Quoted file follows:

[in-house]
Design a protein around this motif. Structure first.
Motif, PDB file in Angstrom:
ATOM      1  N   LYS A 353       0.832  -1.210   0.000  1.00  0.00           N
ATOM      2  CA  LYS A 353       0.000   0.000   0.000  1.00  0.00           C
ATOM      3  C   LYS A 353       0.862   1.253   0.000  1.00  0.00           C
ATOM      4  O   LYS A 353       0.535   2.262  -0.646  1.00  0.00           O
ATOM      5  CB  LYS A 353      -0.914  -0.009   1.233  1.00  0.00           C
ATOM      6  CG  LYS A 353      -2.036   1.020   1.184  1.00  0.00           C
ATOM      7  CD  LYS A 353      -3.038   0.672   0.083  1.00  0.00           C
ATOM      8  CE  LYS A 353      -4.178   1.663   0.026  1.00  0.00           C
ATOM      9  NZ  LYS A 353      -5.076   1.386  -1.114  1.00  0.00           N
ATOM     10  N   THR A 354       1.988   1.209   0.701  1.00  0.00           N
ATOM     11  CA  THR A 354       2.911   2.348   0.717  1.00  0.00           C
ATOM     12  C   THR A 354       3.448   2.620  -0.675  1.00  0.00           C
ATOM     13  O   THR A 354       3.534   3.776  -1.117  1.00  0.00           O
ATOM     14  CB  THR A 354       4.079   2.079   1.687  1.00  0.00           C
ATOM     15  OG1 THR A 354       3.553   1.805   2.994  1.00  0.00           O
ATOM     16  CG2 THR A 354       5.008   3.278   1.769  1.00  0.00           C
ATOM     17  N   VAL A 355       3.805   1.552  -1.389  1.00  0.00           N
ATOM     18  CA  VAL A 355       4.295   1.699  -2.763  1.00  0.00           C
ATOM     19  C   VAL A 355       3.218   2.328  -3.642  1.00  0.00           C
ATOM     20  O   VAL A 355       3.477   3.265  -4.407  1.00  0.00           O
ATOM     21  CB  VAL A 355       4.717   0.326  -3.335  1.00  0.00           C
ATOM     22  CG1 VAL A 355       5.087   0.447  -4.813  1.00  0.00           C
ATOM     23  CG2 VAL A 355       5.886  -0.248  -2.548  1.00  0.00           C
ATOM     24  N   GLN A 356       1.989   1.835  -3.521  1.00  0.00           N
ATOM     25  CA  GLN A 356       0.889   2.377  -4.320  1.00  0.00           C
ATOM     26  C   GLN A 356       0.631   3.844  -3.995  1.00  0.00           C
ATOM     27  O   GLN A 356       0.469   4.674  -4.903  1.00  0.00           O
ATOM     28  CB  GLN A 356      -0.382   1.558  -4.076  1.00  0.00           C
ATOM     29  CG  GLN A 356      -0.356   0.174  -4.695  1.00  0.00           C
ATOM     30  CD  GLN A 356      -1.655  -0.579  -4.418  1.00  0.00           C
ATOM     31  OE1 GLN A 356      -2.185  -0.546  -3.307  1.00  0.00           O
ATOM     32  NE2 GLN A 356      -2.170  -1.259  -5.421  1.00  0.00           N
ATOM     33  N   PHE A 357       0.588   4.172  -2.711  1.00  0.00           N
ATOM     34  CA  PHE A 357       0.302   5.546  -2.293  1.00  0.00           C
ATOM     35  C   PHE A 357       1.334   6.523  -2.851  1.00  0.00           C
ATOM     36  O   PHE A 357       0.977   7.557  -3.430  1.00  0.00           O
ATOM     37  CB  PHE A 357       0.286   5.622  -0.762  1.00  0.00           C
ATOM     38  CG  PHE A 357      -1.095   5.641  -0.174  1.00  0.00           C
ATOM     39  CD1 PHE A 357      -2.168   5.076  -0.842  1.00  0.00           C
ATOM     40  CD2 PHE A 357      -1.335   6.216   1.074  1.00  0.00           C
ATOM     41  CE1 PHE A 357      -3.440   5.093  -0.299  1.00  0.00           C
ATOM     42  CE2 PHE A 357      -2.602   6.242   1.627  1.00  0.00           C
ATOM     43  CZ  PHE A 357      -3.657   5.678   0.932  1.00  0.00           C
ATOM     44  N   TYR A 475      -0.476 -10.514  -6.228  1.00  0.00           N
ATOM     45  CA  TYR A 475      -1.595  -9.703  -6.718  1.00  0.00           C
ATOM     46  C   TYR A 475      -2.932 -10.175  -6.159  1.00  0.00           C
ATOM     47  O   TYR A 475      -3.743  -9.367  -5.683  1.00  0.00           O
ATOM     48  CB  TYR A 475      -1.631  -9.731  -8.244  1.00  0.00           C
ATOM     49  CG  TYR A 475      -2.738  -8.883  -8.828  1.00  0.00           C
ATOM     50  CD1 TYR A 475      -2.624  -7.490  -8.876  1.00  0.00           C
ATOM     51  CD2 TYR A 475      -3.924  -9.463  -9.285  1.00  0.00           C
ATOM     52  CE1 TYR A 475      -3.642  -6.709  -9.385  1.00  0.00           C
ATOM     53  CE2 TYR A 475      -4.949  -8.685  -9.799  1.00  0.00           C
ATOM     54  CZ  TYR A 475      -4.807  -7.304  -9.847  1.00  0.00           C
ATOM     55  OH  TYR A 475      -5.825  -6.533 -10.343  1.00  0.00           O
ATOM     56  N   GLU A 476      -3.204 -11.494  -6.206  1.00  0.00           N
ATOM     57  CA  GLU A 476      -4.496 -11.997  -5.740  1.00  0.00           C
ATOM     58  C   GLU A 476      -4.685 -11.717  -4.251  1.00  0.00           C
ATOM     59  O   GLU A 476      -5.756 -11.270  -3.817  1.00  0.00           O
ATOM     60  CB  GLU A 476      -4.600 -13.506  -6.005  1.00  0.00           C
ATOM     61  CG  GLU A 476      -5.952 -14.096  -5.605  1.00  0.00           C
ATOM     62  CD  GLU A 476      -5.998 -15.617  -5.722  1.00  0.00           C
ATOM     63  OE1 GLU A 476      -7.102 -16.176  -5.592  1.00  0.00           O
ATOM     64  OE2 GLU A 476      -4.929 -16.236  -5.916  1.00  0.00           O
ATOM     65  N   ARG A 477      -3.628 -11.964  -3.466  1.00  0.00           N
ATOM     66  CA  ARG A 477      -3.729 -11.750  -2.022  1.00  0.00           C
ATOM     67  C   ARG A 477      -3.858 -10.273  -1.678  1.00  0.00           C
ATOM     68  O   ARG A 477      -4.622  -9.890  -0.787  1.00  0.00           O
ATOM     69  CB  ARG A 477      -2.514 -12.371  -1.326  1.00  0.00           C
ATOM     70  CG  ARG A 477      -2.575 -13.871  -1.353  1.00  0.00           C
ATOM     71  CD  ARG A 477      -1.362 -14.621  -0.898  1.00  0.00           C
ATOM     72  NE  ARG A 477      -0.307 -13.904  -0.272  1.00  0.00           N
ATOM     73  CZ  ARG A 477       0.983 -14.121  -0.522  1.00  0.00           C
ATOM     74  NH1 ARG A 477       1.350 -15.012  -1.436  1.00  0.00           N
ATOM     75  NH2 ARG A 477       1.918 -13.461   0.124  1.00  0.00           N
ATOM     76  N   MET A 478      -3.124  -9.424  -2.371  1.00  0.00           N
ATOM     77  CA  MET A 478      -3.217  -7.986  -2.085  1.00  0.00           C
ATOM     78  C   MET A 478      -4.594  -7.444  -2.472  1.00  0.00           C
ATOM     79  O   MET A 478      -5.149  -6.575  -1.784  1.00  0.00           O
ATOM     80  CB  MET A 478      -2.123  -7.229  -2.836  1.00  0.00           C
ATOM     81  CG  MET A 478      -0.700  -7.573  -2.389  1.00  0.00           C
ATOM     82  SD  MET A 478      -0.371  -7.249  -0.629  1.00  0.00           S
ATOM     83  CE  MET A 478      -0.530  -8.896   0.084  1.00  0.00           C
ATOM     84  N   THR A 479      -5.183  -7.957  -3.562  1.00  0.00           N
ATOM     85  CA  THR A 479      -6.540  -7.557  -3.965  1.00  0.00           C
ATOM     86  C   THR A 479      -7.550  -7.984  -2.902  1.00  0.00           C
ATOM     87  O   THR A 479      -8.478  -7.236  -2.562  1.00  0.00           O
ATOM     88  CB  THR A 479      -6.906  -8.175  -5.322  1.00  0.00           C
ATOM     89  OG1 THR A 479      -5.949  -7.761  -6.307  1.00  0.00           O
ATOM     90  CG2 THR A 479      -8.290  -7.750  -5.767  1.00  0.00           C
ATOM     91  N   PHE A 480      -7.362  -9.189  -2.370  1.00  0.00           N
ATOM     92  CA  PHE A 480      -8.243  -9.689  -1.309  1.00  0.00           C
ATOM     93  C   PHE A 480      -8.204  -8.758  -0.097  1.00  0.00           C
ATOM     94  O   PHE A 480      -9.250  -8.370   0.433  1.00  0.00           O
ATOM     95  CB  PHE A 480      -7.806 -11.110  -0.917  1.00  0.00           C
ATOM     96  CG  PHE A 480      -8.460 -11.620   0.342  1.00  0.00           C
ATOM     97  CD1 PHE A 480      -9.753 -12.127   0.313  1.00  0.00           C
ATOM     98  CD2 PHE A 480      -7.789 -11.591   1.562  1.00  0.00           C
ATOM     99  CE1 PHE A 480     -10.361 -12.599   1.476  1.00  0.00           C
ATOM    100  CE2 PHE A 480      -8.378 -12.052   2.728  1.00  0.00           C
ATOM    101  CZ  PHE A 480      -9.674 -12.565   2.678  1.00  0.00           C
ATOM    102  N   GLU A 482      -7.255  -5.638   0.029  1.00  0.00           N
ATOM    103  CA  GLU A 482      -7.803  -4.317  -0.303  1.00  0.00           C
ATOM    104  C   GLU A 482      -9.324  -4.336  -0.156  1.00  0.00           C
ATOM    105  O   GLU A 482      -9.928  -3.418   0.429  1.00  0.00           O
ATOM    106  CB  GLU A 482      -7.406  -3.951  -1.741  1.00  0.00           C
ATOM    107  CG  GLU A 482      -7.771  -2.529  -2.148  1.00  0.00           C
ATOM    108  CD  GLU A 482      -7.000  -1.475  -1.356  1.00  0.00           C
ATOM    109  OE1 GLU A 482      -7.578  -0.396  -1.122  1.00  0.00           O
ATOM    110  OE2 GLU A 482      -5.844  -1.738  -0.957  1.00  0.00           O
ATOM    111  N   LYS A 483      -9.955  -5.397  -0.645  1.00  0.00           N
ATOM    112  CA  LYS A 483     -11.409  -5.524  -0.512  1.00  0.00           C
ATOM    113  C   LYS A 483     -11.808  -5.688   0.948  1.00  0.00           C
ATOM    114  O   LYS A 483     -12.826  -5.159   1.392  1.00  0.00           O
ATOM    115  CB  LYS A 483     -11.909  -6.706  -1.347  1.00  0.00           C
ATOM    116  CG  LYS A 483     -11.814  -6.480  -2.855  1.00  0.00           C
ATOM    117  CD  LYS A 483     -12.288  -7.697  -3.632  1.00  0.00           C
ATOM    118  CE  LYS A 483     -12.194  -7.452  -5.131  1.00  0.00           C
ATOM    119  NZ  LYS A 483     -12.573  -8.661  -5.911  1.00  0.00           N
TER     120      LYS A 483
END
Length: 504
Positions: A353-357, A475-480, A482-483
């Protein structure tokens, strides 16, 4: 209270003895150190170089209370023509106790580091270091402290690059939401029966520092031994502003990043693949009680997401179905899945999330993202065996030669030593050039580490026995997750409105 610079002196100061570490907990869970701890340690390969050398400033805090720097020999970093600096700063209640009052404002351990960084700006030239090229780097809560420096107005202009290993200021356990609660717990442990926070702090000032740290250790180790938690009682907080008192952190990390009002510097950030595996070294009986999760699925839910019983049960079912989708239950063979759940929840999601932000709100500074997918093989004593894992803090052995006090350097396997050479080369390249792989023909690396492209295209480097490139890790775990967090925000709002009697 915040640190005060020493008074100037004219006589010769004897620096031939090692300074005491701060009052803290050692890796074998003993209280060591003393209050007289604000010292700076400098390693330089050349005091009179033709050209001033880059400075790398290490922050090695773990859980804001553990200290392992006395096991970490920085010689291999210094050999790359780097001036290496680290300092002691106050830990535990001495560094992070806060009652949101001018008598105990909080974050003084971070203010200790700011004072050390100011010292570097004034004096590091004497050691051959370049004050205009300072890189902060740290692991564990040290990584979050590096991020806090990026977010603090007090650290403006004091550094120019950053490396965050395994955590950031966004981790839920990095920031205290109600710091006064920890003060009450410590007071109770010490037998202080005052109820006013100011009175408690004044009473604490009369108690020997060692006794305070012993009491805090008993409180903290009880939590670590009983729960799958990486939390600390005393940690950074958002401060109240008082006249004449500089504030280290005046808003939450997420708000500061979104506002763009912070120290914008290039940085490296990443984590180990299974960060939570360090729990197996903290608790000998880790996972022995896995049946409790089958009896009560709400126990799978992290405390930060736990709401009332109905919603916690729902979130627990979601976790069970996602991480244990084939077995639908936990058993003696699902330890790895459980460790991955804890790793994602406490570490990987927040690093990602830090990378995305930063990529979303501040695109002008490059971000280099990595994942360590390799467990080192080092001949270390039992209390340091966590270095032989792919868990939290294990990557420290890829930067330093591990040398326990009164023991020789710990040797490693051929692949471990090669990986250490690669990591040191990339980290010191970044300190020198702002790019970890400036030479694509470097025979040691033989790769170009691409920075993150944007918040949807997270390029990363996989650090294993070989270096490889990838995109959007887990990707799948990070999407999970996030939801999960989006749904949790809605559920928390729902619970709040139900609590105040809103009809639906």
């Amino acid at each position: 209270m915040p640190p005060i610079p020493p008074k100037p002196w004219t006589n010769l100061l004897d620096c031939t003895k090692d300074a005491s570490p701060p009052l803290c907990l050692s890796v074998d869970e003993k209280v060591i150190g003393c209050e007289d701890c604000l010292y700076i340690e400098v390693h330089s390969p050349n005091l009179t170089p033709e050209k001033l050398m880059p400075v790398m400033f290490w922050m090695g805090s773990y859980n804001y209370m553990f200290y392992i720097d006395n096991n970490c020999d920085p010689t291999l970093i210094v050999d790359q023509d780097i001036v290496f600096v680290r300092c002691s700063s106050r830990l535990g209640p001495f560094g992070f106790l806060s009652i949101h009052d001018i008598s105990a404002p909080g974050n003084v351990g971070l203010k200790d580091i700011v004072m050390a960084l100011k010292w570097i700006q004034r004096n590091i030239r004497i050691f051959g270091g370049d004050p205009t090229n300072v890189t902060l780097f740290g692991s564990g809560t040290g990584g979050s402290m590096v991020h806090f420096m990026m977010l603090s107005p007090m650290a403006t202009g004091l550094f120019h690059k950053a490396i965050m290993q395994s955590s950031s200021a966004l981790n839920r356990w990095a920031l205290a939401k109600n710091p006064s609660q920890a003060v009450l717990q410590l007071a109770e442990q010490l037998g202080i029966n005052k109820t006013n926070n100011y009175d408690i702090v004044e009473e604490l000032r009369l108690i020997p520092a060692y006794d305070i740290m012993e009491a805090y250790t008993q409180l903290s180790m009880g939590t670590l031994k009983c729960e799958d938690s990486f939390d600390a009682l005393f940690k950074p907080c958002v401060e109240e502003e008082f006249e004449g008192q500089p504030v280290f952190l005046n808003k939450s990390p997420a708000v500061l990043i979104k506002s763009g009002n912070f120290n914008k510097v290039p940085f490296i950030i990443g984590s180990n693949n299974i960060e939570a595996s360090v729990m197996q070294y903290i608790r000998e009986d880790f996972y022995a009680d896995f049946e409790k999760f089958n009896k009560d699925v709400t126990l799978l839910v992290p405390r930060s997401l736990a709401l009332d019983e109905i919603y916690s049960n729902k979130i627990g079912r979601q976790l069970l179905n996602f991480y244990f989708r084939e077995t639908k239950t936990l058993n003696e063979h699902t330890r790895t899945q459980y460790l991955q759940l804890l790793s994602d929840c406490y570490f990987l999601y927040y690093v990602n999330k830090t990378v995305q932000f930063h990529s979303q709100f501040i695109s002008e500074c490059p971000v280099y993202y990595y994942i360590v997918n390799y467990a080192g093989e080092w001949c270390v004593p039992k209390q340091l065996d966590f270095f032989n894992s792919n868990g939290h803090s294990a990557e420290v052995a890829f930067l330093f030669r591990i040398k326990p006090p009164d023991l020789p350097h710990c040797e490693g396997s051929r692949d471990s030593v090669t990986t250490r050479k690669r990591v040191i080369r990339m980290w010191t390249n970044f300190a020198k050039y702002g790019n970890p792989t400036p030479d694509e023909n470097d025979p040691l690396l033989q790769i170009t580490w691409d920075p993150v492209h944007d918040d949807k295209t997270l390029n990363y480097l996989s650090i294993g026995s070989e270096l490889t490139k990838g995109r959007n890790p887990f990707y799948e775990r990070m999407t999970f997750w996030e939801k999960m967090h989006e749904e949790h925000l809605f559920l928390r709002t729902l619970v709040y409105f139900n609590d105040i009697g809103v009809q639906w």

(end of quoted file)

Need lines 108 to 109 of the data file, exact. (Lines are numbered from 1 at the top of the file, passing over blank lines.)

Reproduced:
ATOM    105  O   GLU A 482      -9.928  -3.418   0.429  1.00  0.00           O
ATOM    106  CB  GLU A 482      -7.406  -3.951  -1.741  1.00  0.00           C